• Structure – ownership interests are sold to active children in exchange for unsecured promise to make payments to seller for the remainder of seller’s life or for the remainder of seller and his/her spouse’s lives
  • Self-Canceling Installment Note (SCIN)
    • Objective – avoid gift and estate tax
    • Structure – an installment note in which seller’s death cancels the remaining payments
  • Charitable Remainder Trust – seller donates ownership interests to a charitable remainder trust for the benefit of seller (and his/her spouse) followed by a cash sale to the business of the ownership interests; the cash funding of the trust provides retirement income to seller (and his/her spouse) while contemporaneously reducing seller’s ownership interest in the business.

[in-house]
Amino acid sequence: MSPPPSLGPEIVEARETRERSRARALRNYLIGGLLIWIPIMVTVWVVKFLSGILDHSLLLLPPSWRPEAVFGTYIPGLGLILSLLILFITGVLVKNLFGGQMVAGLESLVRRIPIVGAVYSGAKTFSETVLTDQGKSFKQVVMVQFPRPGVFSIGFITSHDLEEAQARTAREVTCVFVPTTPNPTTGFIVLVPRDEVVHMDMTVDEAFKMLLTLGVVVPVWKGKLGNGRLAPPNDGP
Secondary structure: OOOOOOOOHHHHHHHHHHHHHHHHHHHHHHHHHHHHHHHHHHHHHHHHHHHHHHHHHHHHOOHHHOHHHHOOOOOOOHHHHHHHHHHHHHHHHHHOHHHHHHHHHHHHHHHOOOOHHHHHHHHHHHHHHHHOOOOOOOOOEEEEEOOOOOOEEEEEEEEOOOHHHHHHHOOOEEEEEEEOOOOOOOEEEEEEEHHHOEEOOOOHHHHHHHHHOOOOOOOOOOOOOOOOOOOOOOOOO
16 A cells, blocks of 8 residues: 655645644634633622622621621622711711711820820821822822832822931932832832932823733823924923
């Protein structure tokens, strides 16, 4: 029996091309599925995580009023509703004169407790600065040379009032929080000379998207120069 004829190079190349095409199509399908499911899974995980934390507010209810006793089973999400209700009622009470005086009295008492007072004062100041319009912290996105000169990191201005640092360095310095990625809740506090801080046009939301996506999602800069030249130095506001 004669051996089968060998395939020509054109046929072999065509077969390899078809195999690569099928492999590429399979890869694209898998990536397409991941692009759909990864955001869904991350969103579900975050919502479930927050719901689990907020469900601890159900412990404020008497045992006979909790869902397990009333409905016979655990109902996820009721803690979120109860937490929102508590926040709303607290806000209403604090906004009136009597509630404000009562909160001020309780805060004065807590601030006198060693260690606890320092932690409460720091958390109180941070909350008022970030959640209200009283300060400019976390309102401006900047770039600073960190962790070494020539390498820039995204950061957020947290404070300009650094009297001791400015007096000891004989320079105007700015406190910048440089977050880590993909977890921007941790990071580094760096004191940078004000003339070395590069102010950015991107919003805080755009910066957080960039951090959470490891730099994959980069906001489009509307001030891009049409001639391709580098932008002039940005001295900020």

• Grantor Retained Annuity Trust (GRAT) – seller retains the right to receive fixed annuity payments for a term of years or until his death. At the end of the term, the seller receives no additional benefits from the trust, and remaining property (remainder interest) in the trust is either distributed to beneficiaries or held for their benefit. Only the value of the remainder interest is subject to gift tax.

This blog does not establish an attorney-client relationship and does not constitute legal advice. Legal outcomes are based on the particular facts of a situation and the application of the law to those facts.  Anyone with issues described in this blog should hire an attorney for legal advice based on the relevant facts. The firm has no obligation to maintain the confidentiality of any information received by email or comments.